Decades before Donald Trump would rise to the Republican presidential nomination, a political activist from New Hampshire saw in him the makings of a commander-in-chief and “planted a seed.”
Mike Dunbar, now 69, launched a “Draft Trump” campaign in 1987, based largely on what he had read about Trump’s career in the Wall Street Journal. At the time, though Trump said he was not planning to run for office, he was making headlines for speaking out with his views about world events (and his then-forthcoming book, The Art of the Deal). Dunbar ventured to Trump Tower, sat opposite the real-estate mogul at a large stone desk— “the biggest piece of stone I think I’ve ever seen”—and arranged for Trump to speak to the Rotary Club in Portsmouth, N.H., on Oct. 22, 1987.
Nearly 30 years later, Trump is still the candidate Dunbar wants to elect president.
“I think the surprising thing about him is he hasn’t changed a lot. What I saw in him then was a brashness and a determination of purpose that was lacking in everyone else,” Dunbar told TIME in an interview. “He’s still the guy I met in 1987.”
The two kept up correspondence briefly after Trump’s visit to Portsmouth, as Trump wrote to convey his gratitude and his interest in discussing Dunbar’s campaign ideas.
“I really appreciate your friendship — You have created a very exciting part of my life — On to the future,” Trump inscribed in a hardcover copy of The Art of the Deal for Dunbar in December 1987.
“I just wanted to let you know that I have not forgotten your support or friendship and that shortly after the general election (or sooner if you think appropriate) which George Bush may unfortunately end up losing, I would like to meet with you to discuss some of your ideas,” he wrote in a typed letter on Trump stationary dated May 17, 1988, before noting that his book had “set all sorts of records.”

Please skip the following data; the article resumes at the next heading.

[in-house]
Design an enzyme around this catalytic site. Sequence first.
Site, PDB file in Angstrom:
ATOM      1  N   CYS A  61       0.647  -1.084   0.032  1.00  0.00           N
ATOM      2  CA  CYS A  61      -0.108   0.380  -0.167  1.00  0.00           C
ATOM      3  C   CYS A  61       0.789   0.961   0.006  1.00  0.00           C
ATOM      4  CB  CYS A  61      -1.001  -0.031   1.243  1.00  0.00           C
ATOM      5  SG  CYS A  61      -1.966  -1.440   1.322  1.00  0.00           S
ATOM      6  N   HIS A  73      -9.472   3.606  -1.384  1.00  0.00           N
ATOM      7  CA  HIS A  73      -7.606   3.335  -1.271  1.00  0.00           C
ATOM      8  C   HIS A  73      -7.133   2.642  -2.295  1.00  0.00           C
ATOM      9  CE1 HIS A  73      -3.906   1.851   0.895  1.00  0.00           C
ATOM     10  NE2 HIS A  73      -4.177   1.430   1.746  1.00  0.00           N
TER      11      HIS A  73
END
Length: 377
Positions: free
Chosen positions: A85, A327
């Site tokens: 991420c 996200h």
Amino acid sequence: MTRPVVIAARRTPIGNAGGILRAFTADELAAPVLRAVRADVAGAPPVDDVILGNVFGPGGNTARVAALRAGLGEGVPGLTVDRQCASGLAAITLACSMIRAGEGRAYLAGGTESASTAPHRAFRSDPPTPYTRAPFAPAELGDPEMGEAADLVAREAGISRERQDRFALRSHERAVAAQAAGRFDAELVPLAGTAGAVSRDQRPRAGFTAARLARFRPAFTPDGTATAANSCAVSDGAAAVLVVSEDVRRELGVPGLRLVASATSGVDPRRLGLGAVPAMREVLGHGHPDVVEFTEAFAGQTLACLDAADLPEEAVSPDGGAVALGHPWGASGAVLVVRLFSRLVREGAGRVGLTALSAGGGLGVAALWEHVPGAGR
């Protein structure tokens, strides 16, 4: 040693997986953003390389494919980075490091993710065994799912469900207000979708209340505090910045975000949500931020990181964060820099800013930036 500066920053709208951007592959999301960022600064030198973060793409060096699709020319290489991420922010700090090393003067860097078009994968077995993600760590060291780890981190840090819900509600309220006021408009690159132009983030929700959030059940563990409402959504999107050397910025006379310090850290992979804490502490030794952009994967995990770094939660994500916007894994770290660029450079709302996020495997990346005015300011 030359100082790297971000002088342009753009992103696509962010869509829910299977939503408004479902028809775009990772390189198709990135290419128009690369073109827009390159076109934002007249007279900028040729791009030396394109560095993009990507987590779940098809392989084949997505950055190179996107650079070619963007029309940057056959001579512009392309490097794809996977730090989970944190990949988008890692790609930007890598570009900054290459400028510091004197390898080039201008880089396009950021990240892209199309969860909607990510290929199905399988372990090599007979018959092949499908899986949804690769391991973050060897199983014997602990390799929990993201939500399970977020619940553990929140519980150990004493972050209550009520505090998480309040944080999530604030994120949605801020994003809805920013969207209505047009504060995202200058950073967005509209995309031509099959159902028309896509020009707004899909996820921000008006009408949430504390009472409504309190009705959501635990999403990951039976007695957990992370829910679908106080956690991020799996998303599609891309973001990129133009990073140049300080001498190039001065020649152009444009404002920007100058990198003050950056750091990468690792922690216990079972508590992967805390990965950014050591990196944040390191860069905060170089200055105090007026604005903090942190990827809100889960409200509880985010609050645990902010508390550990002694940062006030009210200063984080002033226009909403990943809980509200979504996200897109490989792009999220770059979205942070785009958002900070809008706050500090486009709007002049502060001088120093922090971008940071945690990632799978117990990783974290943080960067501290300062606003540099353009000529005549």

George H.W. Bush did not end up losing the 1988 election, but Trump continued to stay in touch with Dunbar, donating to his 1989 campaign for the Portsmouth City Council and writing to congratulate him when he won.
In the intervening years, Dunbar left politics to raise his son and left the Republican Party to become an undeclared voter, concluding that the GOP was dominated by elite politicians who were “so out of touch with ordinary people.” Trump has made that sentiment a talking point throughout his presidential bid, campaigning as the anti-establishment candidate running against a “rigged” system.
Dunbar hasn’t attended any of Trump’s New Hampshire rallies this year, but he voted for him in the state’s primary and plans to do so again in November.
“I’ll probably put a Trump sign out on my lawn,” he said, adding that he will donate to Trump’s campaign. “Beyond that, I try not to interfere.”
Considering all the campaign has now become, Dunbar expressed some awe that Trump’s presidential ambitions can, in a way, be traced directly back to him.
“Sometimes I think, how did I do this? I planted a seed that has taken root and is now growing into a tree,” he said. “I don’t know what to make of it. Is it fate? Why me?”
Dunbar cites Trump’s negotiating abilities, his understanding of the country’s problems and his refusal to be politically correct as reasons he still supports him.
“My faith is strengthened by the fact that he hasn’t changed,” Dunbar said. “If he is elected, and he does the things he says he’s going to do, it’ll be really good for the country, and I’ll be glad I did it.”
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